Sex and Evolution
Prof. Andrea Pilastro
DATE: 29th July 2020 (GMT +8)
TIME: 7:00 -8:00 pm (Time in China)
The evolutionary biology has often revolutionized the way we look at biological phenomena and their ultimate causal relationships. Perhaps the most drastic of these “biological Copernican revolutions” if the evolution of sexual reproduction. This is the most common form of reproduction in nature, and it is often associated with individuals in a population being males or females, although hermaphroditism and non-sexual reproduction are also widespread. We are therefore familiar with the idea that male and female are necessary for sexual reproduction. Secondly, sexual reproduction is usually seen as a fundamentally cooperative process, in which male and female unify their effort to increase offspring survival and fitness. Theoretical and empirical research has instead demonstrated that the male-female phenomenon is actually a consequence, rather than a prerequisite for sexual reproduction to occur, and that sexual reproduction is characterized by an evolutionary conflict, rather than by cooperation. Other consequences of the evolutionary process that Geoff Parker has named “sexual cascade”, which started in the seas more than one billion years ago with the evolution of multicellularity, will be illustrated.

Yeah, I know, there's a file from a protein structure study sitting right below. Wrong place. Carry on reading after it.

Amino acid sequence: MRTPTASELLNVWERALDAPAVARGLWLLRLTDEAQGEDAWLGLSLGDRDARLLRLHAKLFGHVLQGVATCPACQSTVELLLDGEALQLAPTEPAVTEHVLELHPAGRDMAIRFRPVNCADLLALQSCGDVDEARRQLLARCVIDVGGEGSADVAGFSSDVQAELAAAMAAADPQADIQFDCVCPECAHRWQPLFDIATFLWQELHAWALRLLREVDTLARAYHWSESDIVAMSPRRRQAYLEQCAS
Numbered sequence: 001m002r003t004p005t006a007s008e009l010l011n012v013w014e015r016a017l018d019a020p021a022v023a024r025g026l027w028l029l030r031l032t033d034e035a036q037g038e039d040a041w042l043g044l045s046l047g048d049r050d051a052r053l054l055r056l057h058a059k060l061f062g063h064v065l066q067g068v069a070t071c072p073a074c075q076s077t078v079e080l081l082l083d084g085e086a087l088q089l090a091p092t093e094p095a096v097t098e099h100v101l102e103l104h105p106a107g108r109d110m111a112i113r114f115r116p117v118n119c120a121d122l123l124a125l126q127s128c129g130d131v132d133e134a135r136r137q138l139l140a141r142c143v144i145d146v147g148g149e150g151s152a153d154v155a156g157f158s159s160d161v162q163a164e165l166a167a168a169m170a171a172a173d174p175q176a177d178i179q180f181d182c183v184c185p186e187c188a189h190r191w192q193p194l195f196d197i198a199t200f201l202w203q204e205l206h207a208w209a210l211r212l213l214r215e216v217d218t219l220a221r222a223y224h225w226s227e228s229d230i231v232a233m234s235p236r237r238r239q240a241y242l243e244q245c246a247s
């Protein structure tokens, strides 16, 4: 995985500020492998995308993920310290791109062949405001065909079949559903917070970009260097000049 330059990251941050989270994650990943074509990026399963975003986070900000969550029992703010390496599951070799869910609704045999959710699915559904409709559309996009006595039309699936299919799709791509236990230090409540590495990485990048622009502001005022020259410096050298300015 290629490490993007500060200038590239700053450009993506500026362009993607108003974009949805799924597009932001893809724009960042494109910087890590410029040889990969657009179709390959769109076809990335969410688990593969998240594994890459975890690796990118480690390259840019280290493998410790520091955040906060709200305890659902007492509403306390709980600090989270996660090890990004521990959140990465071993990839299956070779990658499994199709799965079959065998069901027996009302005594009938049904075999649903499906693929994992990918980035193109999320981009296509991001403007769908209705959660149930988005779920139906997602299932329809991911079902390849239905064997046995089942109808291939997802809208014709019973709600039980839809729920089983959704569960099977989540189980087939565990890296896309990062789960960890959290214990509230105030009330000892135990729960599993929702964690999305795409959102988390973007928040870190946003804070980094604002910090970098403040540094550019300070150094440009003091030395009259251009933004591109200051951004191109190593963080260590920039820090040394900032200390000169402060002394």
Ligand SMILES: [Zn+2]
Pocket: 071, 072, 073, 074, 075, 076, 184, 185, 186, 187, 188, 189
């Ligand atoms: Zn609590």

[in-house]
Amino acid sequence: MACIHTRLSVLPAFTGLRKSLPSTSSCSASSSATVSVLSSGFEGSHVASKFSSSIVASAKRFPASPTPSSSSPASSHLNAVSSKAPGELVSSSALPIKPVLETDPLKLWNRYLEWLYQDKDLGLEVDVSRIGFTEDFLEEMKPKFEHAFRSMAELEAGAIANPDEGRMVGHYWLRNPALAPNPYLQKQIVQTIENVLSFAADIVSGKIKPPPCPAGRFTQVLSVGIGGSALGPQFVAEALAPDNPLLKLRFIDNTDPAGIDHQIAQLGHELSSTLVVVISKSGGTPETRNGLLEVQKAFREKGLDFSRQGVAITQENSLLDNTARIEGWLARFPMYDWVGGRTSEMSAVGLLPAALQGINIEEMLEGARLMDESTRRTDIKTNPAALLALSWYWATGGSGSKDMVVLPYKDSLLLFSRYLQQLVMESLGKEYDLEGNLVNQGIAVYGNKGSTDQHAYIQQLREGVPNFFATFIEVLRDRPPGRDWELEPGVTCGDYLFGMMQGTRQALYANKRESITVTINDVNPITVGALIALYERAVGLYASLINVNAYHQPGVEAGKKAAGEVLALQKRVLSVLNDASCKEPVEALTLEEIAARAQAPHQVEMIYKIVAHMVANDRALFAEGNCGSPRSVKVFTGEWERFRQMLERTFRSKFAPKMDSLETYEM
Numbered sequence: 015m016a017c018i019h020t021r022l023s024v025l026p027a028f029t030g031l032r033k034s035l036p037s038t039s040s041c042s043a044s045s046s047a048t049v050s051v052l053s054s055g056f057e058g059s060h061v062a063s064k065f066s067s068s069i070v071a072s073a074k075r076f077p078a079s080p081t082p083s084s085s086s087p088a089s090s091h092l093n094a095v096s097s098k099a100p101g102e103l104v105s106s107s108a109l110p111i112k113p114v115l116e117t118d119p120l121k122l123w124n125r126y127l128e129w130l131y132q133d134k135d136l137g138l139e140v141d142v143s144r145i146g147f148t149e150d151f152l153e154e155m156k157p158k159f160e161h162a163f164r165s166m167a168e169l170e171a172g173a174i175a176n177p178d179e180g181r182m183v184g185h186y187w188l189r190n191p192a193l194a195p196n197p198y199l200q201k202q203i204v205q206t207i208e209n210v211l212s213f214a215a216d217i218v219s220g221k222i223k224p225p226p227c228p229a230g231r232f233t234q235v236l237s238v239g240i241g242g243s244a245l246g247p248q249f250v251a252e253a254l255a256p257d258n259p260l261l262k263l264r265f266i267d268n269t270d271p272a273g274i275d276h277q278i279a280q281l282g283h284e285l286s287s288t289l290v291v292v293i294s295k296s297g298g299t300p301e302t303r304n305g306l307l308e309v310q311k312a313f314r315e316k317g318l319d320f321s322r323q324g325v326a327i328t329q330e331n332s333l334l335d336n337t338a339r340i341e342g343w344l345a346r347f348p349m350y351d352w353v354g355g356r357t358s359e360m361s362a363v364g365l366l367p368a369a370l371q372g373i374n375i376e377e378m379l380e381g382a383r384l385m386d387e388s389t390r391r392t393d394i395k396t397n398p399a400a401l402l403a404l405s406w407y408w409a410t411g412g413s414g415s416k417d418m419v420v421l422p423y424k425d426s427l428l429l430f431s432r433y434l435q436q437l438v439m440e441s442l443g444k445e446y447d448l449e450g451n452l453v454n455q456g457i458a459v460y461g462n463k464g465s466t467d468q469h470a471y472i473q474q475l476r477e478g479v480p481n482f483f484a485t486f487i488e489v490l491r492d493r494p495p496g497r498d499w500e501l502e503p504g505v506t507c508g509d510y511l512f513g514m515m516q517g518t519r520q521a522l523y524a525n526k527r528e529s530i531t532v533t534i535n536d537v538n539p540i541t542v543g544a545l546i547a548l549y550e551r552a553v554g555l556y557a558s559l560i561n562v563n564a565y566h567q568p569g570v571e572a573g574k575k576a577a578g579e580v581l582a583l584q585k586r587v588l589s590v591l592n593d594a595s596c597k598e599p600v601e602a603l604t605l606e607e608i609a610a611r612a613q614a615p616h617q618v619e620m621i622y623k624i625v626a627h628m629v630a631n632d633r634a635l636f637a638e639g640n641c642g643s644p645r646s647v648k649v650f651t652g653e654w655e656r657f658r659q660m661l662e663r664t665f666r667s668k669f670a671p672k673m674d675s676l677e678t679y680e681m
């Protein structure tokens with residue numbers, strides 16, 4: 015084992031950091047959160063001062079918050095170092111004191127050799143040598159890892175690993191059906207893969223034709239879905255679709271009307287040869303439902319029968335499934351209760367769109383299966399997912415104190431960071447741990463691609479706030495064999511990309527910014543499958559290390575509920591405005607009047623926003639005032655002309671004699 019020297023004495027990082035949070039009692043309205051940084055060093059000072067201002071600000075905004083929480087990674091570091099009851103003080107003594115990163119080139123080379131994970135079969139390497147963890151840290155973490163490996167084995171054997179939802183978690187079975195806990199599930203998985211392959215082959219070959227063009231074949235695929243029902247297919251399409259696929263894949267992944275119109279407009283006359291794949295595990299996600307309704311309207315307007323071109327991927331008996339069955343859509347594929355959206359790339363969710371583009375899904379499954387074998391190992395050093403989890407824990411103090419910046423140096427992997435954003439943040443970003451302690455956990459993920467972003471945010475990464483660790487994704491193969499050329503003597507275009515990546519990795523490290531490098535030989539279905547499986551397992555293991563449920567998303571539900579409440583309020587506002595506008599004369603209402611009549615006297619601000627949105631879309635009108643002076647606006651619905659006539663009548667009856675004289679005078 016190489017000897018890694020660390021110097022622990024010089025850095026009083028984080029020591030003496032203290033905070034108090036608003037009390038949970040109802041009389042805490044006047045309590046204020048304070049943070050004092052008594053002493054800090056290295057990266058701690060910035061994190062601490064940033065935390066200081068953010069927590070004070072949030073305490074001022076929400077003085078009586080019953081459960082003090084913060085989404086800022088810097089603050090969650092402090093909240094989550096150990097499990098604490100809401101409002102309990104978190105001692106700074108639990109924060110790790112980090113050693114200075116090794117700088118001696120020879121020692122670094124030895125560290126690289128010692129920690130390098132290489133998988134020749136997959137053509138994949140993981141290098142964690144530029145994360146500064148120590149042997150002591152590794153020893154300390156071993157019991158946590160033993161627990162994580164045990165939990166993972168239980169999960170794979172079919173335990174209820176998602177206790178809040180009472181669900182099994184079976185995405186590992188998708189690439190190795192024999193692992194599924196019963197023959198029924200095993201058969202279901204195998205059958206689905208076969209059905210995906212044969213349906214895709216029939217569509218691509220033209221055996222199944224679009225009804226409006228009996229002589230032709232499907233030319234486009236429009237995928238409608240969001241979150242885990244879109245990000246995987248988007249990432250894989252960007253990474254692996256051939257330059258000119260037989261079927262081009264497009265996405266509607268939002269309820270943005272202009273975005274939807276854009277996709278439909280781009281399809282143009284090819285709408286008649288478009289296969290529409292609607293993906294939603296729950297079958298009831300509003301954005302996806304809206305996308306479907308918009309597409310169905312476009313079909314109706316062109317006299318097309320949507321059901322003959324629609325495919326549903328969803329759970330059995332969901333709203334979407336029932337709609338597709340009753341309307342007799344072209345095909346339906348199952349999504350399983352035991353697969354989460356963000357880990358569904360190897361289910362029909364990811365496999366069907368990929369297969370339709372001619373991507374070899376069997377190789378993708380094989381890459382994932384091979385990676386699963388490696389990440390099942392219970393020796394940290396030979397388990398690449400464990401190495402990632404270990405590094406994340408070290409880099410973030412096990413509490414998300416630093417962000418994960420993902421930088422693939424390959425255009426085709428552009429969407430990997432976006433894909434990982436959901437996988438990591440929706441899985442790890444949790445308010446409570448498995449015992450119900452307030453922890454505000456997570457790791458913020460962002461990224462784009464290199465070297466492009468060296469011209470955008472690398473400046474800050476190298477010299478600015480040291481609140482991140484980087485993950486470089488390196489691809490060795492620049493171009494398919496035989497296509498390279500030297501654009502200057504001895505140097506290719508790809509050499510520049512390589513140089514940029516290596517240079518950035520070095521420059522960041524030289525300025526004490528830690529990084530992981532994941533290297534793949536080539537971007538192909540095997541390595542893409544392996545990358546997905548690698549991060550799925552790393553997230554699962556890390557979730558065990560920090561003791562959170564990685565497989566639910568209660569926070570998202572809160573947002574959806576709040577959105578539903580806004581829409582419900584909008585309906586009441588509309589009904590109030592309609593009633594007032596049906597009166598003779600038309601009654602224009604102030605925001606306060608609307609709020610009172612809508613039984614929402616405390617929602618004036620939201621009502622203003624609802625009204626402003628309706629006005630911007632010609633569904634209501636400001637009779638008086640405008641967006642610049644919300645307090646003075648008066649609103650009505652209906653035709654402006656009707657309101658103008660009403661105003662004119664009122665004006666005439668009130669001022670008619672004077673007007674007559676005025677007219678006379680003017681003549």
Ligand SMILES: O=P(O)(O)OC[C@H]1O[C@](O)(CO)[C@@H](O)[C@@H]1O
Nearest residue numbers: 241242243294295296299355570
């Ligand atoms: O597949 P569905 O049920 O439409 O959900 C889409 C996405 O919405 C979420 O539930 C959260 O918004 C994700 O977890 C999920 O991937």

- The Sexual Cascade and the Rise of Pre-Ejaculatory (Darwinian) Sexual Selection, Sex Roles, and Sexual Conflict – Geoff A. Parker
- The Evolution of Sex – J.Marnard Smith July 1997